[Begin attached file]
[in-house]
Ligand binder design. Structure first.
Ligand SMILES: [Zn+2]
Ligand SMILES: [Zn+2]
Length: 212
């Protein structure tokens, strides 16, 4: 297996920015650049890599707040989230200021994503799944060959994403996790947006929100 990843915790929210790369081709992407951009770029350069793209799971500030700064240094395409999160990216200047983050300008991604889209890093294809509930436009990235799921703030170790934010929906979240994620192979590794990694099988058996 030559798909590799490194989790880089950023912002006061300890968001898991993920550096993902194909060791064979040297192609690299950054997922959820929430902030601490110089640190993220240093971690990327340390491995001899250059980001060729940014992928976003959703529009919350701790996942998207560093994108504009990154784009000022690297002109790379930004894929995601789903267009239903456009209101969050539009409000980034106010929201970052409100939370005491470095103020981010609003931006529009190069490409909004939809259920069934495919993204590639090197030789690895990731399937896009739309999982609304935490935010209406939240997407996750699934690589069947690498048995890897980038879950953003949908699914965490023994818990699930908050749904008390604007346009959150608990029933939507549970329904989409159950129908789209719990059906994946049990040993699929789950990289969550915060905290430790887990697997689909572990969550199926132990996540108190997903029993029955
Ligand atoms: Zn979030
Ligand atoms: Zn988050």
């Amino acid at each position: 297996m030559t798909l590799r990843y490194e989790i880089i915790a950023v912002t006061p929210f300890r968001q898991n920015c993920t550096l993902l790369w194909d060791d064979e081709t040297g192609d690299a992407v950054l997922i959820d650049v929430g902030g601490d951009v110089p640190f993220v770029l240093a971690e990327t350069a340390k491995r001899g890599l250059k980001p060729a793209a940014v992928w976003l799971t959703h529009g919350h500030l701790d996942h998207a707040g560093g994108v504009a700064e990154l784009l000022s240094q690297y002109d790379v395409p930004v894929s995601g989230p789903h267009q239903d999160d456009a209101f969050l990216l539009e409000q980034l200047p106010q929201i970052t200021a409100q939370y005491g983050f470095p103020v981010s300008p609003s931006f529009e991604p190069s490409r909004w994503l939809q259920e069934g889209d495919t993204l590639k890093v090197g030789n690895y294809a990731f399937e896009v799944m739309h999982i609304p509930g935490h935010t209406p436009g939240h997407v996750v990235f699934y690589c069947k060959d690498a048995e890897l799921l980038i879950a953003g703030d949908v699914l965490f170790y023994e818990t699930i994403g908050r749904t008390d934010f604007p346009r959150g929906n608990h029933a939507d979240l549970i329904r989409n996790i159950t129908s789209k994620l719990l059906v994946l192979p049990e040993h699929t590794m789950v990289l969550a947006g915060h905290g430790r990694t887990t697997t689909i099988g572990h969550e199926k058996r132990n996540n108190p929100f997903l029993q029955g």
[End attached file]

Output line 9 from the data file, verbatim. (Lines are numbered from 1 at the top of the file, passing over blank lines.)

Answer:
């Amino acid at each position: 297996m030559t798909l590799r990843y490194e989790i880089i915790a950023v912002t006061p929210f300890r968001q898991n920015c993920t550096l993902l790369w194909d060791d064979e081709t040297g192609d690299a992407v950054l997922i959820d650049v929430g902030g601490d951009v110089p640190f993220v770029l240093a971690e990327t350069a340390k491995r001899g890599l250059k980001p060729a793209a940014v992928w976003l799971t959703h529009g919350h500030l701790d996942h998207a707040g560093g994108v504009a700064e990154l784009l000022s240094q690297y002109d790379v395409p930004v894929s995601g989230p789903h267009q239903d999160d456009a209101f969050l990216l539009e409000q980034l200047p106010q929201i970052t200021a409100q939370y005491g983050f470095p103020v981010s300008p609003s931006f529009e991604p190069s490409r909004w994503l939809q259920e069934g889209d495919t993204l590639k890093v090197g030789n690895y294809a990731f399937e896009v799944m739309h999982i609304p509930g935490h935010t209406p436009g939240h997407v996750v990235f699934y690589c069947k060959d690498a048995e890897l799921l980038i879950a953003g703030d949908v699914l965490f170790y023994e818990t699930i994403g908050r749904t008390d934010f604007p346009r959150g929906n608990h029933a939507d979240l549970i329904r989409n996790i159950t129908s789209k994620l719990l059906v994946l192979p049990e040993h699929t590794m789950v990289l969550a947006g915060h905290g430790r990694t887990t697997t689909i099988g572990h969550e199926k058996r132990n996540n108190p929100f997903l029993q029955g």